Did You Know You Can Donate Some Organs and Tissues While Alive?

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More than 100,000 Americans are on the national transplant waiting list, and registering to become an organ donor after life is a great way to help save lives.

But did you know you can also donate some organs and tissues while you’re still alive?

Approximately four out of every 10 donations are living donations, and while most living donations are between family and friends, people every year choose to donate to someone they do not know. In fact, one of every four living donors are not biologically related to the recipient.

Why make a living donation?

A living donation is an opportunity to save a life while you are still alive, and because patients who receive a living donation no longer need to be on the national waiting list, it makes the gift of a deceased donor available for someone else in need.

Research has shown that the long-term survival rate for living kidney donors was similar to non-donors, and they did not have an increased risk of kidney failure. In addition, a large study of the long-term effects of kidney donation found that living kidney donors can expect to live full, healthy lives.

According to the National Kidney Foundation, nine out of ten living donors say they would do it again. Living organ donation is a major surgery, however, and all potential complications of major surgery apply. It is not a decision to be taken lightly, and it is important for potential donors to be informed of the known risks involved. Potential donors should also undergo a complete medical and psychosocial evaluation.

What tissues can be donated while alive?

Most people know that they can donate blood or bone marrow multiple times while alive. The body begins replacing blood and marrow right after donation. But you can also donate skin and bone too.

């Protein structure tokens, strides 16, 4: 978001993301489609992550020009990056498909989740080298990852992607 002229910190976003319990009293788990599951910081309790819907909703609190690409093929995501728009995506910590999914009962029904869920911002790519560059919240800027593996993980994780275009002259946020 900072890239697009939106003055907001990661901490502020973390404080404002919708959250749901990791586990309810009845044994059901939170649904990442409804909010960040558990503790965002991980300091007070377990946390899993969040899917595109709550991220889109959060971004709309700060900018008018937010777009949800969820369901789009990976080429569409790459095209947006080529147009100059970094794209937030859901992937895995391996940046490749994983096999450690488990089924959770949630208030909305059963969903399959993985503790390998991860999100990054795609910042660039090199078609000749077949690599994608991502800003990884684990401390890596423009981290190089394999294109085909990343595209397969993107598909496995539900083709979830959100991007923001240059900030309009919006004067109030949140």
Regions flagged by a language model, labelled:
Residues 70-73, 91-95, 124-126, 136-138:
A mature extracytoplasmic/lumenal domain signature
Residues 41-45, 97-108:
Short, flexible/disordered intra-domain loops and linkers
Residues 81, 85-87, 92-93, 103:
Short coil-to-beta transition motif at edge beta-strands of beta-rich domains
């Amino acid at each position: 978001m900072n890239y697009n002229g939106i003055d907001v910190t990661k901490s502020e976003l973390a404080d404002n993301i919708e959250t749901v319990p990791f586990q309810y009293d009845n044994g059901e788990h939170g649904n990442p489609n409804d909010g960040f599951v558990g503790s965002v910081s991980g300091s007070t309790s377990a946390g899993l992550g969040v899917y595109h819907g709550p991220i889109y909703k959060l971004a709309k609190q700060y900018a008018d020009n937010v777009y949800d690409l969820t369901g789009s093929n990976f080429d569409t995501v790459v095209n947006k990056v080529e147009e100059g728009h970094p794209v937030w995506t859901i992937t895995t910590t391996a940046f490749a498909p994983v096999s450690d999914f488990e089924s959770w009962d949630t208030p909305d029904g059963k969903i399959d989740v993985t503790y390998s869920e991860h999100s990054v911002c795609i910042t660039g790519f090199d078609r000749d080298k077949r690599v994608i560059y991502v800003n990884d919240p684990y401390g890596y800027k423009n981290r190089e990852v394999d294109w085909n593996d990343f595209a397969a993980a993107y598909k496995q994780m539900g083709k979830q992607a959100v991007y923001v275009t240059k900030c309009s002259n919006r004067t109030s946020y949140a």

“You may be able to donate the skin that is removed after certain surgical procedures, such as a tummy tuck, and after a knee or hip replacement, you may be able to donate the bone that is removed,” said Trina Abla, DO, MBA, Chief Medical Officer at Penn Highlands Healthcare. “Mothers can also donate amnion and other birth tissues after childbirth. These types of tissue are often used in reconstructive procedures and to treat burns and wounds.”

Can organs be donated while alive?

“The organs that you are able to donate while alive will depend on your current health, but in general, you can donate one of your kidneys, one of your liver lobes, a lung or portion of a lung, part of your pancreas and a section of your intestine,” said Dr. Abla.

The most common living donation is a kidney because you have two kidneys and the remaining one can perform all the necessary functions. In the liver, the cells in your second lobe will grow until your liver is almost its original size in a short amount of time. While your lung, pancreas and intestine do regrow, the portion that remains after donation remains fully functional.

Who is able to make a living donation?

If you are considering making a living donation, a doctor will examine you to ensure that you are a good candidate. Living donors should not have a history of diabetes, cancer, high blood pressure, kidney disease or heart disease.

Your transplant doctor will also have an honest, detailed conversation with you to ensure that you are unlikely to experience any negative physical or emotional outcome after donation.

To register as an organ donor, visit www.CORE.org/register. To learn how you can support patient care in our area, visit www.phhealthcare.org/donate.